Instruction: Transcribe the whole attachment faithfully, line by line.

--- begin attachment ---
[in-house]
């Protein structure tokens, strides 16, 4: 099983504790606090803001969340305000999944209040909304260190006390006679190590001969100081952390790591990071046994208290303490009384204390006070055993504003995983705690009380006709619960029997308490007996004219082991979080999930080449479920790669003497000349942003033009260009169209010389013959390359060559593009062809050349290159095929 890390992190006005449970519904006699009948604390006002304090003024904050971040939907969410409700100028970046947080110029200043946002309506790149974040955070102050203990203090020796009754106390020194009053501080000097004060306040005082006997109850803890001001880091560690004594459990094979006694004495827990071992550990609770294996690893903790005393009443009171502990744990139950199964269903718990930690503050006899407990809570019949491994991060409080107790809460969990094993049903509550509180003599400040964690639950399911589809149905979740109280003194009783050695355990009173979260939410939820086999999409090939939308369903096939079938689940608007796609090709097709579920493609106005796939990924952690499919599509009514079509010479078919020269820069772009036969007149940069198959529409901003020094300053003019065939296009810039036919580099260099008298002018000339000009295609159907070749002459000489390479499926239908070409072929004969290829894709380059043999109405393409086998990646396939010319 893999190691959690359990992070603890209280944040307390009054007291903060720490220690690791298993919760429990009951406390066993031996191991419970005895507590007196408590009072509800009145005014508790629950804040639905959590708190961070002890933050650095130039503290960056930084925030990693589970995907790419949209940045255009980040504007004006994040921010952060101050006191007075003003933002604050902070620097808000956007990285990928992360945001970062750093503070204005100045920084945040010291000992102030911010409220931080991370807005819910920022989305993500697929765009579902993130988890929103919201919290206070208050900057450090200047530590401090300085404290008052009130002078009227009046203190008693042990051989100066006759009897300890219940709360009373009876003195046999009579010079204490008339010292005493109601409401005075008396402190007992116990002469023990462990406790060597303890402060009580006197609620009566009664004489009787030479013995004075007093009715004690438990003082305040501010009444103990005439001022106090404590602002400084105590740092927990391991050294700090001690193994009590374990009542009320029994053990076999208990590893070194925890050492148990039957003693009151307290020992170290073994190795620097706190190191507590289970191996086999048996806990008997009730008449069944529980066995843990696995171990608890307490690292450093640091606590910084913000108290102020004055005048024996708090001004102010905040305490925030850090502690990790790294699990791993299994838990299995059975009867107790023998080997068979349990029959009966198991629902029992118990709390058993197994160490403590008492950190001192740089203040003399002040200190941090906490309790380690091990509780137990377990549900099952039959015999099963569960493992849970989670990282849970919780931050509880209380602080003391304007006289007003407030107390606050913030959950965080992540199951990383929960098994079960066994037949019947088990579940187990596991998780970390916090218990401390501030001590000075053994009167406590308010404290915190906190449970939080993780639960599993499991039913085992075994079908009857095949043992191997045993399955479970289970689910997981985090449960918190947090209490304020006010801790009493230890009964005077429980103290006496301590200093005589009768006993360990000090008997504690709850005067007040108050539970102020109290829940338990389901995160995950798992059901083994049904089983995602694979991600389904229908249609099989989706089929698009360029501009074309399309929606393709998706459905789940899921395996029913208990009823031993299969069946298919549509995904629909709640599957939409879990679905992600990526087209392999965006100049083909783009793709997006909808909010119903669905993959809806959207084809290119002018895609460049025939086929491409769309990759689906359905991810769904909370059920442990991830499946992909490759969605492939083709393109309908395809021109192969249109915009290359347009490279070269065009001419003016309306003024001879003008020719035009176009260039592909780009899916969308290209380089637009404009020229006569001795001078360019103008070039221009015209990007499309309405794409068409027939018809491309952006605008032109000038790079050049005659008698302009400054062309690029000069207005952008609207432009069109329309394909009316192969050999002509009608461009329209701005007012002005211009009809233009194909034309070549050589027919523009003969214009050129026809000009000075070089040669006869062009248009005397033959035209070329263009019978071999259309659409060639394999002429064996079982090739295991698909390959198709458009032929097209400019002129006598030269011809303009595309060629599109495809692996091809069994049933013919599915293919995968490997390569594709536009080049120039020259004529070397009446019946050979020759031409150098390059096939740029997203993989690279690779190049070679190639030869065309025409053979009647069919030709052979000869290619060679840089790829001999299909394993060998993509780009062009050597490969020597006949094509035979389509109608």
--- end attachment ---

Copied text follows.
[in-house]
């Protein structure tokens, strides 16, 4: 099983504790606090803001969340305000999944209040909304260190006390006679190590001969100081952390790591990071046994208290303490009384204390006070055993504003995983705690009380006709619960029997308490007996004219082991979080999930080449479920790669003497000349942003033009260009169209010389013959390359060559593009062809050349290159095929 890390992190006005449970519904006699009948604390006002304090003024904050971040939907969410409700100028970046947080110029200043946002309506790149974040955070102050203990203090020796009754106390020194009053501080000097004060306040005082006997109850803890001001880091560690004594459990094979006694004495827990071992550990609770294996690893903790005393009443009171502990744990139950199964269903718990930690503050006899407990809570019949491994991060409080107790809460969990094993049903509550509180003599400040964690639950399911589809149905979740109280003194009783050695355990009173979260939410939820086999999409090939939308369903096939079938689940608007796609090709097709579920493609106005796939990924952690499919599509009514079509010479078919020269820069772009036969007149940069198959529409901003020094300053003019065939296009810039036919580099260099008298002018000339000009295609159907070749002459000489390479499926239908070409072929004969290829894709380059043999109405393409086998990646396939010319 893999190691959690359990992070603890209280944040307390009054007291903060720490220690690791298993919760429990009951406390066993031996191991419970005895507590007196408590009072509800009145005014508790629950804040639905959590708190961070002890933050650095130039503290960056930084925030990693589970995907790419949209940045255009980040504007004006994040921010952060101050006191007075003003933002604050902070620097808000956007990285990928992360945001970062750093503070204005100045920084945040010291000992102030911010409220931080991370807005819910920022989305993500697929765009579902993130988890929103919201919290206070208050900057450090200047530590401090300085404290008052009130002078009227009046203190008693042990051989100066006759009897300890219940709360009373009876003195046999009579010079204490008339010292005493109601409401005075008396402190007992116990002469023990462990406790060597303890402060009580006197609620009566009664004489009787030479013995004075007093009715004690438990003082305040501010009444103990005439001022106090404590602002400084105590740092927990391991050294700090001690193994009590374990009542009320029994053990076999208990590893070194925890050492148990039957003693009151307290020992170290073994190795620097706190190191507590289970191996086999048996806990008997009730008449069944529980066995843990696995171990608890307490690292450093640091606590910084913000108290102020004055005048024996708090001004102010905040305490925030850090502690990790790294699990791993299994838990299995059975009867107790023998080997068979349990029959009966198991629902029992118990709390058993197994160490403590008492950190001192740089203040003399002040200190941090906490309790380690091990509780137990377990549900099952039959015999099963569960493992849970989670990282849970919780931050509880209380602080003391304007006289007003407030107390606050913030959950965080992540199951990383929960098994079960066994037949019947088990579940187990596991998780970390916090218990401390501030001590000075053994009167406590308010404290915190906190449970939080993780639960599993499991039913085992075994079908009857095949043992191997045993399955479970289970689910997981985090449960918190947090209490304020006010801790009493230890009964005077429980103290006496301590200093005589009768006993360990000090008997504690709850005067007040108050539970102020109290829940338990389901995160995950798992059901083994049904089983995602694979991600389904229908249609099989989706089929698009360029501009074309399309929606393709998706459905789940899921395996029913208990009823031993299969069946298919549509995904629909709640599957939409879990679905992600990526087209392999965006100049083909783009793709997006909808909010119903669905993959809806959207084809290119002018895609460049025939086929491409769309990759689906359905991810769904909370059920442990991830499946992909490759969605492939083709393109309908395809021109192969249109915009290359347009490279070269065009001419003016309306003024001879003008020719035009176009260039592909780009899916969308290209380089637009404009020229006569001795001078360019103008070039221009015209990007499309309405794409068409027939018809491309952006605008032109000038790079050049005659008698302009400054062309690029000069207005952008609207432009069109329309394909009316192969050999002509009608461009329209701005007012002005211009009809233009194909034309070549050589027919523009003969214009050129026809000009000075070089040669006869062009248009005397033959035209070329263009019978071999259309659409060639394999002429064996079982090739295991698909390959198709458009032929097209400019002129006598030269011809303009595309060629599109495809692996091809069994049933013919599915293919995968490997390569594709536009080049120039020259004529070397009446019946050979020759031409150098390059096939740029997203993989690279690779190049070679190639030869065309025409053979009647069919030709052979000869290619060679840089790829001999299909394993060998993509780009062009050597490969020597006949094509035979389509109608």